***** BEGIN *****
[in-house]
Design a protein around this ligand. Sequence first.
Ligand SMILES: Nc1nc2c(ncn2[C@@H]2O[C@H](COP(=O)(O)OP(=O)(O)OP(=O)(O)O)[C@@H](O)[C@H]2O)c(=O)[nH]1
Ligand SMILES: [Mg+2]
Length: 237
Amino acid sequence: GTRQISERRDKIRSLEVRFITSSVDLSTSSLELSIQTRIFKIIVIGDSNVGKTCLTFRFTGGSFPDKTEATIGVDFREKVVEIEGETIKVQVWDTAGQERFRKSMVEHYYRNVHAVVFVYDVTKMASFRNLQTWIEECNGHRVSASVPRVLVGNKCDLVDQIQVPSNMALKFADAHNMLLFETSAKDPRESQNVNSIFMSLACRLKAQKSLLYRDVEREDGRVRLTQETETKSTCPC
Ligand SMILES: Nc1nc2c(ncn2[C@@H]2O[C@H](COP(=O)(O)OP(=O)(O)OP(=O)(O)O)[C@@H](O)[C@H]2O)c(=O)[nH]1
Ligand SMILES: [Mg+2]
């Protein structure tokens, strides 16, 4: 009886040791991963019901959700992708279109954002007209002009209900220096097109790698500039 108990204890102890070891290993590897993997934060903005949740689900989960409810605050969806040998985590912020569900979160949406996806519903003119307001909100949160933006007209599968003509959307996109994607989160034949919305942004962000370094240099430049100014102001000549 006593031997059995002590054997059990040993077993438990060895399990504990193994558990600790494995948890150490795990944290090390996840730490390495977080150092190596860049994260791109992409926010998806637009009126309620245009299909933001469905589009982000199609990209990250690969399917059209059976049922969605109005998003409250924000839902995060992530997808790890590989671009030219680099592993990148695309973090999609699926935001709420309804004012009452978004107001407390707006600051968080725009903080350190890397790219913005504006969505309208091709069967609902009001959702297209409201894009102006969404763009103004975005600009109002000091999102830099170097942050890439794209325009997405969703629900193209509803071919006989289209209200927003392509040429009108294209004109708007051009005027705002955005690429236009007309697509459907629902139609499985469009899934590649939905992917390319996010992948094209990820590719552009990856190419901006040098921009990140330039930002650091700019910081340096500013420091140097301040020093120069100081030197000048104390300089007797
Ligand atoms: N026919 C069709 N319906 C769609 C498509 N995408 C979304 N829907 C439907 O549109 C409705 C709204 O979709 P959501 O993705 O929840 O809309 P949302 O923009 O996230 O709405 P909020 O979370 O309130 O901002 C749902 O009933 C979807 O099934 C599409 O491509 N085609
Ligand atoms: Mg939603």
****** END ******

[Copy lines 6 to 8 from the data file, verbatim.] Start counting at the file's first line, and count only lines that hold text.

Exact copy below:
Amino acid sequence: GTRQISERRDKIRSLEVRFITSSVDLSTSSLELSIQTRIFKIIVIGDSNVGKTCLTFRFTGGSFPDKTEATIGVDFREKVVEIEGETIKVQVWDTAGQERFRKSMVEHYYRNVHAVVFVYDVTKMASFRNLQTWIEECNGHRVSASVPRVLVGNKCDLVDQIQVPSNMALKFADAHNMLLFETSAKDPRESQNVNSIFMSLACRLKAQKSLLYRDVEREDGRVRLTQETETKSTCPC
Ligand SMILES: Nc1nc2c(ncn2[C@@H]2O[C@H](COP(=O)(O)OP(=O)(O)OP(=O)(O)O)[C@@H](O)[C@H]2O)c(=O)[nH]1
Ligand SMILES: [Mg+2]